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Acute leukaemia in Australia: outcomes have improved, but there is still much to do

Zhi Han Yeoh and Andrew W Roberts
Med J Aust 2022; 216 (6): . || doi: 10.5694/mja2.51446
Published online: 4 April 2022

More than ever, we must remain vigilant about ensuring equitable access to new diagnostic tools and therapeutic options

As we approach the 50th anniversary of President Richard Nixon’s declaration of the “war against cancer”,1 it is appropriate to recognise the improvement in outcomes for people diagnosed with cancer that have been achieved by major global investment in research.2

  • Zhi Han Yeoh1,2
  • Andrew W Roberts1,2

  • 1 Peter MacCallum Cancer Centre, Melbourne, VIC
  • 2 The Royal Melbourne Hospital, Melbourne, VIC


Correspondence: roberts@wehi.edu.au

Acknowledgements: 

We acknowledge the support of the many not‐for‐profit community‐based organisations that support people affected by leukaemias. Andrew Roberts is grateful for research support from the National Health and Medical Research Council (Investigator grant 1174902).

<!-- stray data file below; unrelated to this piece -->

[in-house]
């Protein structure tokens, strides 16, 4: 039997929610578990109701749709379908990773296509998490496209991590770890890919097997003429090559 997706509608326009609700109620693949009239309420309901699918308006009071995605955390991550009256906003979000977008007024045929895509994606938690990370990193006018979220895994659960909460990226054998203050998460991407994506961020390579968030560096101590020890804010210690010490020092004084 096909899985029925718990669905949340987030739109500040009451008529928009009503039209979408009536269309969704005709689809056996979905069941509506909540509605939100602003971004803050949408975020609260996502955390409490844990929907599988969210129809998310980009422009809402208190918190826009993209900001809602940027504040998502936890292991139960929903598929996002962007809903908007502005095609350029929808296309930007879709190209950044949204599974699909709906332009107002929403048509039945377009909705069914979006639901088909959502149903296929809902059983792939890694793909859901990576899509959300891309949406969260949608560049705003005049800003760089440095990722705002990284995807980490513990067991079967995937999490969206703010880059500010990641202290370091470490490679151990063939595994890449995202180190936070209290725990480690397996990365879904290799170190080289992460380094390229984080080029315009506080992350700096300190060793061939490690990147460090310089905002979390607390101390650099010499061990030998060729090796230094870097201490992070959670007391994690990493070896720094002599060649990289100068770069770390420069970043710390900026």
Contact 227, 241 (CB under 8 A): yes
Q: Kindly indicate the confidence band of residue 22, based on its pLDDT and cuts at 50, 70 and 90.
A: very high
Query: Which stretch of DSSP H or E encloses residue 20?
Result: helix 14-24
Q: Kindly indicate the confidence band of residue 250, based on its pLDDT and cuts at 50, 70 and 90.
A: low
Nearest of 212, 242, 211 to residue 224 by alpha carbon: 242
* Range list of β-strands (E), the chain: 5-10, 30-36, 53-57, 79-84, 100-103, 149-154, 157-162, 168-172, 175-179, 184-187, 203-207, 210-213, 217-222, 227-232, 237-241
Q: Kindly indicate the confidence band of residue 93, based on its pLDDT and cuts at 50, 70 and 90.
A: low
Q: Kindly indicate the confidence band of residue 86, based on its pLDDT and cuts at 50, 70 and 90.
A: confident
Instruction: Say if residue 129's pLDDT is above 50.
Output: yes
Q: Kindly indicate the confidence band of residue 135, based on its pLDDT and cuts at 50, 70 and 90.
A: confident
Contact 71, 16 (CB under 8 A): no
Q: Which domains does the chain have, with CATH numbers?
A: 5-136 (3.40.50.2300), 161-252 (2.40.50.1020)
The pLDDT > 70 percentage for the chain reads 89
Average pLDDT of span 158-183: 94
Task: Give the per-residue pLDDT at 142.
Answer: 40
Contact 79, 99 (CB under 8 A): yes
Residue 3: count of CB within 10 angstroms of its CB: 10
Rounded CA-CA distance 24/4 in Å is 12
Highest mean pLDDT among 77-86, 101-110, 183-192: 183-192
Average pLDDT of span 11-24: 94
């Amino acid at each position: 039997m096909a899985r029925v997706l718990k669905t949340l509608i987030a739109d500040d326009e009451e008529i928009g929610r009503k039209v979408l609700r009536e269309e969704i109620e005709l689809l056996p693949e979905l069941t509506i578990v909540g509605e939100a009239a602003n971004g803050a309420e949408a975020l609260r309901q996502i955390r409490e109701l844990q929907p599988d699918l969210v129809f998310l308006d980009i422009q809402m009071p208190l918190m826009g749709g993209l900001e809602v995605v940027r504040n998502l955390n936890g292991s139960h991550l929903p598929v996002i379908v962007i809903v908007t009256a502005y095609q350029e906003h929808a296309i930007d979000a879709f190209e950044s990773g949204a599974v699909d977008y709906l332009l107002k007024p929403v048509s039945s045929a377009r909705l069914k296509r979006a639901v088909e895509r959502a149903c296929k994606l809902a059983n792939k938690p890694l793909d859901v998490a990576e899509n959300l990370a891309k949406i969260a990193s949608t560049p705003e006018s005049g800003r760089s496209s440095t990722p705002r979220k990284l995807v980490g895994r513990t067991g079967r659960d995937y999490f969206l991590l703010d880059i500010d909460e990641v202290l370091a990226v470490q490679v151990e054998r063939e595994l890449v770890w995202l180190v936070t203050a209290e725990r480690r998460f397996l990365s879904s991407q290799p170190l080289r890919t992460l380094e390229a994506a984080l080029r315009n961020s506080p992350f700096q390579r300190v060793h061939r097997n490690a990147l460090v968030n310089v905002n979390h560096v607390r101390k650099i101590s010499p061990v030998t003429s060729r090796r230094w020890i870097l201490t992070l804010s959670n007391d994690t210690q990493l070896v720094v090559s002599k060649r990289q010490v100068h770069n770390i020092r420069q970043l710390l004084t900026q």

Competing interests:

Andrew Roberts chairs the Life Saving Drugs Program Expert Panel of the Australian Department of Health, is a member of the board of directors of the Australasian Leukaemia and Lymphoma Group (National Collaborative Clinical Trials Group) and the national Blood Cancer Taskforce. One of his employers, the Walter and Eliza Hall Institute, receives royalties for Venetoclax, an approved drug for treating some leukaemias; he receives a share of these royalties from the Walter and Eliza Hall Institute. Andrew Roberts is an inventor on a patent related to Venetoclax dosing; his rights are owned by Melbourne Health and were assigned to AbbVie. Neither Andrew Roberts nor Melbourne Health receives royalties related to this patent.

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